GRAND RAPIDS, Mich. (WOTV) - In recent years, when testing provided to teens, over 50% have been scoring as financially illiterate, not understanding the basics of good financial management tools. This doesn't mean we are bad parents, but it's not something that we always talk about with our kids. Like every other life skill, though, we should be doing so!
It can be fun, and actually helpful for everyone in the family, including the parents, to discuss financial topics. Like physical fitness, it takes time to build good habits, we're easily distracted and can make poor choices. By working together, we're more likely to stay focused and continue improving.
What kids need to know
- The importance of saving (short term and long term)
- Identifying the difference between needs and wants – and understanding there is a tradeoff.
- Developing a budget/spending plan.
- Using tools that aid in good financial management (example – debit card, checking account, mobile and text banking)
- Understanding how credit works
Younger than age 5
- Open a savings account in their name (at a credit union, of course! )
- Start an at home savings tool (piggy bank, savings jar) – visually see it grow and become heavier
- When full, transfer a portion into CU savings account
- Allow them to help pay for small items at the store (understanding transactions)
- At home play store (sell their items for various amounts of coins to teach about various values)
Kids Age 5-7
- If in favor of allowance, this is a good time to start (establish amount based on expectations – discuss guidelines such as reason for the allowance, how it should be used, and when "payday" will be each week)
- Let your child be responsible for their money – and if they spend it all at one moment, don't bail them out before the next payday (we all learn best by mistakes)
- Understanding the concept of shopping and getting the most for their money (example – waiting for sales, and generic brands versus name brand)
- Explain basics of budgeting (saving, sharing, spending) – allocating an amount for each category
Kids Ages 8-10
- As children mature, so does their interest in money increase (now maybe appropriate to begin explaining how adults earn money, contribute to our communities by paying taxes)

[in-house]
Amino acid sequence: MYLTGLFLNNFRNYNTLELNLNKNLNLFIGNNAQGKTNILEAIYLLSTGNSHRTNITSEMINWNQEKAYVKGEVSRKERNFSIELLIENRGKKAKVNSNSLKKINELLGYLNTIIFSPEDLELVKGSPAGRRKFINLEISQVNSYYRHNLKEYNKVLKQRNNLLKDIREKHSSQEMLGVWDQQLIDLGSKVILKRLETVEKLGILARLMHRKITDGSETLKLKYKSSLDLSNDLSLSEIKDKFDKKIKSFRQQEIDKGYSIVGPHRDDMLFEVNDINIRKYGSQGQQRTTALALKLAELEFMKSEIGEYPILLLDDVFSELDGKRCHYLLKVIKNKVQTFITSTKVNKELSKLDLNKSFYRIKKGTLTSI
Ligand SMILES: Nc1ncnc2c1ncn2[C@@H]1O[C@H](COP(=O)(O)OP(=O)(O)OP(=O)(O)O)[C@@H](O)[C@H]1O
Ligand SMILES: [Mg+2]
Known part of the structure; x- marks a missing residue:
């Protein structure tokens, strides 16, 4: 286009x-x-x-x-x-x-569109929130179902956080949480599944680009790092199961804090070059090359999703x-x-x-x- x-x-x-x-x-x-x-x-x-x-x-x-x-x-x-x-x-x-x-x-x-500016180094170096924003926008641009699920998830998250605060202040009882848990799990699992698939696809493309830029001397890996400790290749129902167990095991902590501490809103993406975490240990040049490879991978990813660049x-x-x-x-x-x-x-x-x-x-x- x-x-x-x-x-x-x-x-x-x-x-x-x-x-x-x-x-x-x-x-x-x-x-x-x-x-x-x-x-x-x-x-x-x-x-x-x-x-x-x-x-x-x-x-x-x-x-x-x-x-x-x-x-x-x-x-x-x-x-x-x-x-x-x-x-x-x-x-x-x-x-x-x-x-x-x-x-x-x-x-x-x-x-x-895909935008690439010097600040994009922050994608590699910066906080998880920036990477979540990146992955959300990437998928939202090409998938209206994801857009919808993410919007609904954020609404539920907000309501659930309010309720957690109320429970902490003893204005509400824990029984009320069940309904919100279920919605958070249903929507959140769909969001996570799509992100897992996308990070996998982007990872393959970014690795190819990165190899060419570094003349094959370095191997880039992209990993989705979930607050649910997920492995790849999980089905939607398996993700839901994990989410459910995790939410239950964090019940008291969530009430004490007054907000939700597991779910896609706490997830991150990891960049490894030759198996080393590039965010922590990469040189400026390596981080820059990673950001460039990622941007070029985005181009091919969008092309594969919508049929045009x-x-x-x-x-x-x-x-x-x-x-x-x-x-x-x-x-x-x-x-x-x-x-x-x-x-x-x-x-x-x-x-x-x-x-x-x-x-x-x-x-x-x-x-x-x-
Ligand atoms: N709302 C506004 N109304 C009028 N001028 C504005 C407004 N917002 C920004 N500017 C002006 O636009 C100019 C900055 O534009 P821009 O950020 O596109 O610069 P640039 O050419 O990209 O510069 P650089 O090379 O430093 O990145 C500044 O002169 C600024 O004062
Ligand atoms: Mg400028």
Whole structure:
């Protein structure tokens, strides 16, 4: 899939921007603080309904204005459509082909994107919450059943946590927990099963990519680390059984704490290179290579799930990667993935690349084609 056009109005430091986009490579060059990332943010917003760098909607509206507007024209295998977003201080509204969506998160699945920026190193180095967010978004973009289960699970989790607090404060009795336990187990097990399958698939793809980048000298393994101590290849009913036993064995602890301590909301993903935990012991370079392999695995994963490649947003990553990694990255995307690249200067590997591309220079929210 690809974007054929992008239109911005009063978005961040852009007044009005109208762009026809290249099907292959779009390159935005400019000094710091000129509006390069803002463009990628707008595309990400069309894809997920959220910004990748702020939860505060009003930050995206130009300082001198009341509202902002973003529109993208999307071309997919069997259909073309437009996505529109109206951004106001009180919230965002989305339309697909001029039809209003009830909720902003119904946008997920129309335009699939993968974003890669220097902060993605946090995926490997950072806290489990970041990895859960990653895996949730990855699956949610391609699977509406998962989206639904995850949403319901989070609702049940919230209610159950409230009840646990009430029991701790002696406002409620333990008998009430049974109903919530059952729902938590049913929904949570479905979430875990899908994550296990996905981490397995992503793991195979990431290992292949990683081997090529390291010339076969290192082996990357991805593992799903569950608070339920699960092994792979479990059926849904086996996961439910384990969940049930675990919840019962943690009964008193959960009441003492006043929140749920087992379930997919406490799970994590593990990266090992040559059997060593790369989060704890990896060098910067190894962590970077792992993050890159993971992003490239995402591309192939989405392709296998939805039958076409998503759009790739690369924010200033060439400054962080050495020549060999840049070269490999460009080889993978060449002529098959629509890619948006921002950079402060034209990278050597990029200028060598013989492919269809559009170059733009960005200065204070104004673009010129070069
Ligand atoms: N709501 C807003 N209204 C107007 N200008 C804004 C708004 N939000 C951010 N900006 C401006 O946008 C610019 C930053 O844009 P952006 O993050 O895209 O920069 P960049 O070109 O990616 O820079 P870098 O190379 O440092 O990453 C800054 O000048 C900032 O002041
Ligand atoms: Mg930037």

- Maybe allow ways that kids can earn additional money (additional chores around house, etc.)
- If comfortable, can introduce more into discussion (monthly family expenses for housing, food and transportation) – only if comfortable, show them your own budget
- 10% savings habit
- Show online banking together, and review statements
Kids Ages 11-14
- Needs begin to change (clothes, cell phones, etc.)
- Maybe reevaluate allowance amount and payment frequency (maybe every other week or even monthly rather than weekly) – longer pay periods help them learn about pacing their spending
- Basics of investing (visit sites like mint.com to learn)
Teens Ages 15-18
- Critical years, as adulthood is right around the corner!
- Open and honest dialogue about money (discuss rather than lecture)
- Encourage long term savings (car, college)
- Checking Account with a debit card – mobile and text banking easily understood (importance of keeping balanced)
- Discuss basics of credit and using credit cards (and even credit score)
- Valuable lessons learned with having a job (time management, responsibilities of clothing and transportation needs, workplace behavior, tax withholdings)
- Consider opening an IRA (when earning income from a job)
Resources Available to Parents
NEFE (National Endowment for Financial Education): www.nefe.corg
Jump Start Coalition: www.jumpstart.org
Biz Kids: www.bizkids.com
Feed the Pig: www.feedthepig.org
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